Sennheiser HD 558 Review
A great option for mid-range open-backed headphones
Meet the HD 558, Sennheiser’s successor to its successful HD 555 open-backed headphones. While it doesn’t appear at first glance that Sennheiser changed much in the HD 558, it does provide a decent performance bump from the older headphones, and users who liked the older cans will definitely like the new ones.
Comfort Design & Features
Very comfortable cans that have a removable cable for easy maintenance
Sennheiser tried to emulate the design of their older headphones with their HD 558 aesthetically, and they actually did a pretty good job updating the look. The all-black look is well executed, and very clean-looking, and while the band material isn’t the most durable thing in the world (heavy plastic), the Sennheiser HD 558s do offer good protection from the ills of a broken cable by making the whole thing removable in the event of breakage. Cables on headphones are the most likely point of failure if there are no additional solder points, but these can be swapped out without hassle.
While to many people the Sennheiser HD 558s are very comfortable with their soft ear pads, those with larger heads reported a pinching sensation at the top of the ear cups after listening for about an hour. Over the length of a 6-hour listening session, the fit doesn’t change too much, so it gets similar marks here.
Open-backed cans are called so because the back of their casings are open, allowing a huge range of driver movement for more accurate sound. Unfortunately, this also means that not only does sound leak out like crazy, but sound from the outside world comes in. Granted, even though your music will drown out some of the noise coming in, you’ll probably want to limit the noise in the environment you’re listening in.
Even frequency response makes for accurate sound.
By reproducing sound at an even level across the spectrum of audible frequencies, these headphones may not be the best bet for bass-lovers, but will do fantastically well for most everyone else. That being said, it does do a somewhat poor job of maintaining a constant sound pressure level in the high end.
In our other measures, there isn't much else to note that there is a rather error-free performance: these headphones don’t have much in the way of distortion, but there is a little bit at the low end. Similarly, the Sennheiser HD 558s maintain a nice, smooth tracking response, with only a minor hiccup towards the 7kHz mark. Even at that, you shouldn’t be able to hear a 3dB shift unless you know exactly what you’re looking for.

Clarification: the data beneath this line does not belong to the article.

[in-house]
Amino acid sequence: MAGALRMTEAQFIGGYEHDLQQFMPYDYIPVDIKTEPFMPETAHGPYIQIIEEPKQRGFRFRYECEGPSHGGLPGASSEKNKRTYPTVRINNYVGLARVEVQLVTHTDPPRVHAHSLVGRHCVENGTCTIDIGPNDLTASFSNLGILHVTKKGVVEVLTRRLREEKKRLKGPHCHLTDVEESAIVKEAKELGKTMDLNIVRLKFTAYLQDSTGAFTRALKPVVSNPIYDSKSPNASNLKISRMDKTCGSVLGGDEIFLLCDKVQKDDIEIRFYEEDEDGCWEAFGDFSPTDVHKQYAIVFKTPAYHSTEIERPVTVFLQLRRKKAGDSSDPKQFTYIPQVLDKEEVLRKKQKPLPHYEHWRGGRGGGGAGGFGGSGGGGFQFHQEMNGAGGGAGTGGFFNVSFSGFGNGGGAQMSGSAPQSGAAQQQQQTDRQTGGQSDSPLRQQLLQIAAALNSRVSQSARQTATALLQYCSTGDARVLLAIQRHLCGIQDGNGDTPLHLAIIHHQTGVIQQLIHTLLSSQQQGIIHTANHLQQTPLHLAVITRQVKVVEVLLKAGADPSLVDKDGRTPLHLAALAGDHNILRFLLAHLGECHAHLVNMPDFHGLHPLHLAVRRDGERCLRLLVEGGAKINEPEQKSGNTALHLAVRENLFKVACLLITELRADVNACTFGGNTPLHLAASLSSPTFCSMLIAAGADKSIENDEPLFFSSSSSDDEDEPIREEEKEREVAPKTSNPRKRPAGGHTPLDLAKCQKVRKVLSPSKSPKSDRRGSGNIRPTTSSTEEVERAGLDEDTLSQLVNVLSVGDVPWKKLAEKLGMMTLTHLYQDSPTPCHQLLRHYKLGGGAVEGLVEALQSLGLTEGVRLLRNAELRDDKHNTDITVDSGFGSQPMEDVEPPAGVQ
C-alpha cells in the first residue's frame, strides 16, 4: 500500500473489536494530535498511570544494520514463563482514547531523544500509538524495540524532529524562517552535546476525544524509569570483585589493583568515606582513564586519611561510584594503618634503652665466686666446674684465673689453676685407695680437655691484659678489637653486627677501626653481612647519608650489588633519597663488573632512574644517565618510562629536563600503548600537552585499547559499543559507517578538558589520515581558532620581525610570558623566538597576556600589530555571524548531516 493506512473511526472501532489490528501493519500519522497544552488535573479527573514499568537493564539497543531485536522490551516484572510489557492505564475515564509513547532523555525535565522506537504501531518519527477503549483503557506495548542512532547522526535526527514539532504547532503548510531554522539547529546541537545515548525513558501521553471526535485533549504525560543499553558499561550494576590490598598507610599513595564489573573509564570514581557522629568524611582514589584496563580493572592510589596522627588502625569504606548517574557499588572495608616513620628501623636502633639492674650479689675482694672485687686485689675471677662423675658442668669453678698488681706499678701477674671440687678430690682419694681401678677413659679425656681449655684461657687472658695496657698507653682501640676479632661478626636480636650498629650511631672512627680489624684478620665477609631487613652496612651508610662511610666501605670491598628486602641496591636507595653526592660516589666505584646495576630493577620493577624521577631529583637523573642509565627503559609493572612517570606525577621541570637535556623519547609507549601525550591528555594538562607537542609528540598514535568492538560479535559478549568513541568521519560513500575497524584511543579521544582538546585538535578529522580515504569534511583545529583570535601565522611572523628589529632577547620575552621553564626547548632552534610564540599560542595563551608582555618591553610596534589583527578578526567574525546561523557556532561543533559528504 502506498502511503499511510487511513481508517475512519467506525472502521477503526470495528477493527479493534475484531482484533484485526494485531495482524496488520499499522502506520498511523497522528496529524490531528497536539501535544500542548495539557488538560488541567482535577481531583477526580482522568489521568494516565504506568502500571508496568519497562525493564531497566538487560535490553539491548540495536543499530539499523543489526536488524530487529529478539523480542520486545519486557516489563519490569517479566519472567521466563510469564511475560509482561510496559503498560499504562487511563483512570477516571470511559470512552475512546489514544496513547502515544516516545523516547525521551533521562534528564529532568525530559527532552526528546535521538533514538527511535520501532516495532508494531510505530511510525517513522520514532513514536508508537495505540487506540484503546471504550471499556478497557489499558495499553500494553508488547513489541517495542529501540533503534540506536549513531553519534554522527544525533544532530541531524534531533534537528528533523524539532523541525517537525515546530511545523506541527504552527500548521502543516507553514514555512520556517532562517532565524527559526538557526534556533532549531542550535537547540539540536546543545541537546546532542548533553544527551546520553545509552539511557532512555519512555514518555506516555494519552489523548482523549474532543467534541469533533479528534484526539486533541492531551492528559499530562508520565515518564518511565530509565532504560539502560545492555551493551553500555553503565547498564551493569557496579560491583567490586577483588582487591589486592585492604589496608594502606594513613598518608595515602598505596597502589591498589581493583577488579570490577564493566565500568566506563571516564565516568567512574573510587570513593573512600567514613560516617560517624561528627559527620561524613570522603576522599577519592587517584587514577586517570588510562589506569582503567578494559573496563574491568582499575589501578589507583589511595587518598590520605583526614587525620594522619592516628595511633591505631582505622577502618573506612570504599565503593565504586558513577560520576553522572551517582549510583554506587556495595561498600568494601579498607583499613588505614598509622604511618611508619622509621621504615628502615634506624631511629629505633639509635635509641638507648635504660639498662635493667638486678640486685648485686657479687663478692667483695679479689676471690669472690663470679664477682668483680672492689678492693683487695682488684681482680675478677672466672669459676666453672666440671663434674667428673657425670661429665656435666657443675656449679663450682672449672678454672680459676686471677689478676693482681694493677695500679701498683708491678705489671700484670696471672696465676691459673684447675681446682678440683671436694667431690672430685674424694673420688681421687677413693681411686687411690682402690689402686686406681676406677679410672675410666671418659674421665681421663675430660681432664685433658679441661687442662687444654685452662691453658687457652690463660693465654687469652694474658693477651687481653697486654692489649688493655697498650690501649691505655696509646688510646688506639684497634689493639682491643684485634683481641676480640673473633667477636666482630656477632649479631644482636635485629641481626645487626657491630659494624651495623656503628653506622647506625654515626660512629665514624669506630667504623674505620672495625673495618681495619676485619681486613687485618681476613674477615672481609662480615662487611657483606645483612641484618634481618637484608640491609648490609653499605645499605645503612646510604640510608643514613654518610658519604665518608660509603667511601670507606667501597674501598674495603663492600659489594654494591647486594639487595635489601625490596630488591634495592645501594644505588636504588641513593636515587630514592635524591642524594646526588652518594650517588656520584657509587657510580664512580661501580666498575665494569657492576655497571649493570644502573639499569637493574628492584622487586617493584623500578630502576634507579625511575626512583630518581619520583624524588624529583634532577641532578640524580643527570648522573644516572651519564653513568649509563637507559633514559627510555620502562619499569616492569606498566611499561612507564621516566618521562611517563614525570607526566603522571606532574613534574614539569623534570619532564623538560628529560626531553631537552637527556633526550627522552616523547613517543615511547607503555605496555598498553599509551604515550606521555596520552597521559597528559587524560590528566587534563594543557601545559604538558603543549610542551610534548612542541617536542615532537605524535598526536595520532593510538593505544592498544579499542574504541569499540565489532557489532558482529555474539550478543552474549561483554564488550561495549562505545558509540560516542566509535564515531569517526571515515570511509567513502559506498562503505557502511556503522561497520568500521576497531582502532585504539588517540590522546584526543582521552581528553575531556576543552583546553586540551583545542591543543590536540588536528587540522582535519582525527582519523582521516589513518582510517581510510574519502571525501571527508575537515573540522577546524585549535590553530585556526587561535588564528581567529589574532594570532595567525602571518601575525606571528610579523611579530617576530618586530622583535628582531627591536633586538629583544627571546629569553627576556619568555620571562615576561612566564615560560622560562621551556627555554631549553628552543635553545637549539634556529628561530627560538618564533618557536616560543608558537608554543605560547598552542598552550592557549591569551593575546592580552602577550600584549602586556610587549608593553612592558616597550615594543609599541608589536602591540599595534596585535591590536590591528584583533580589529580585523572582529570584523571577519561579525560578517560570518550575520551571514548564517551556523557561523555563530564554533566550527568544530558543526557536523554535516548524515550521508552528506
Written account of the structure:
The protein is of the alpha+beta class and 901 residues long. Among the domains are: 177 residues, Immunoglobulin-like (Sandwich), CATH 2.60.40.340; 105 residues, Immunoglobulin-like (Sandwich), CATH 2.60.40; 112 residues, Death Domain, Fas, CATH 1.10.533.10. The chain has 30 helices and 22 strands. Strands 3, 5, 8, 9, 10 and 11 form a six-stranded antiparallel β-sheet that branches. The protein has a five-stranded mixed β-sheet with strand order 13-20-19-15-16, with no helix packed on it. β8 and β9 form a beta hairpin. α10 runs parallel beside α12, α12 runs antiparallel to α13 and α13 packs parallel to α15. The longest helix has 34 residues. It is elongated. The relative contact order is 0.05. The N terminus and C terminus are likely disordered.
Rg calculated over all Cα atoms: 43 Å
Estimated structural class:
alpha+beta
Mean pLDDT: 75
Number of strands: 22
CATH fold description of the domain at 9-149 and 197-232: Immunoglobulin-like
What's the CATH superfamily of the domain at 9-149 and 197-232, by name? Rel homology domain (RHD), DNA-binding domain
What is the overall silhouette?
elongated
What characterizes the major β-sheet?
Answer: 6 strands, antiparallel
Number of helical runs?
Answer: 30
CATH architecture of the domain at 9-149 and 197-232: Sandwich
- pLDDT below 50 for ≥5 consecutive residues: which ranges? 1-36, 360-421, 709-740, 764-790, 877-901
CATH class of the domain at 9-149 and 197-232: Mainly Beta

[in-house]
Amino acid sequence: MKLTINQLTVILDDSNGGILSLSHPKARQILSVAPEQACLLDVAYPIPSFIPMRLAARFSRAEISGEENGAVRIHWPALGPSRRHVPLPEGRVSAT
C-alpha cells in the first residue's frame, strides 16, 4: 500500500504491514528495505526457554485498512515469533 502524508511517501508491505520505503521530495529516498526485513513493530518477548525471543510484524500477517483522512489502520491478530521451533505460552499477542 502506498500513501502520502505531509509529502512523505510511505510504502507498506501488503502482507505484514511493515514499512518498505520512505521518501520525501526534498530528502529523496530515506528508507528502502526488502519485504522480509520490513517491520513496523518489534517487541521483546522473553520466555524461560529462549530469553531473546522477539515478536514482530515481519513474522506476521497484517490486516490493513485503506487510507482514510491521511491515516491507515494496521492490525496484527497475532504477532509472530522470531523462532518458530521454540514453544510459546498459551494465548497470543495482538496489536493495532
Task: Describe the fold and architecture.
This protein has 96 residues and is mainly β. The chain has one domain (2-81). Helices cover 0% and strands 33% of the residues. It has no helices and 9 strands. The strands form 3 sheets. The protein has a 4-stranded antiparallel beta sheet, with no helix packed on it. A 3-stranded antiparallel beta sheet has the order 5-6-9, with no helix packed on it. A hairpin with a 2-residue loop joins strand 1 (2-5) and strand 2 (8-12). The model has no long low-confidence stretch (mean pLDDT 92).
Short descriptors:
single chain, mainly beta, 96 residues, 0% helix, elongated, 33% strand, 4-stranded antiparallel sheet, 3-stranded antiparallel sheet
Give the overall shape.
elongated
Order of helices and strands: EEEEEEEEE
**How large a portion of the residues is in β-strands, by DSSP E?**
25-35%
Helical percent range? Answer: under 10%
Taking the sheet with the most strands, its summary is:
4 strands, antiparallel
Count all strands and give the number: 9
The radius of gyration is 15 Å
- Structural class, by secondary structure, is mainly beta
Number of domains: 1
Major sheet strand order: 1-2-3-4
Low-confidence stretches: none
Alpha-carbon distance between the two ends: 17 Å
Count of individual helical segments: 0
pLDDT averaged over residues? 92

Unsurprisingly, these cans leak a fair bit of sound, again due to the nature of open-backed headphones. If you’re going to be listening in a highly-populated room, be sure to keep the volume at a minimum. These are not recommended for the office if you like to blast your music.
The HD 558s impress for the price.
For the price you’d pay, the Sennheiser HD 558s offer a good level of sound quality, comfort, and aesthetic appeal, and are the worthy successors to the HD 555s. The Sennheiser HD 558s are damned impressive mid-range headphones.
While they don’t light the world on fire with their performance, when you buy the Sennheiser HD 558s, you’re getting a set of headphones that give you a remarkably flat frequency response for the price. Be wary though, as bass lovers will probably not like the dropoff in emphasis at the 90Hz mark.
Should the cable break, you can always replace it with another Sennheiser cable, which is a huge plus in terms of prevented frustration, wasted money, and time lost. While open-backed cans aren’t typically the most durable headphones in the world, the Sennheiser HD 558s offer the right features to make sure that they’ll stick around for quite a while should you take them home.
If you’re looking for a set of solid performers for a mid-range budget, the Sennheiser HD 558s are a good bet if you’re okay with a little lacking bass. With features built in to protect your investment, the HD 558s are a good buy if you liked the HD 555s.
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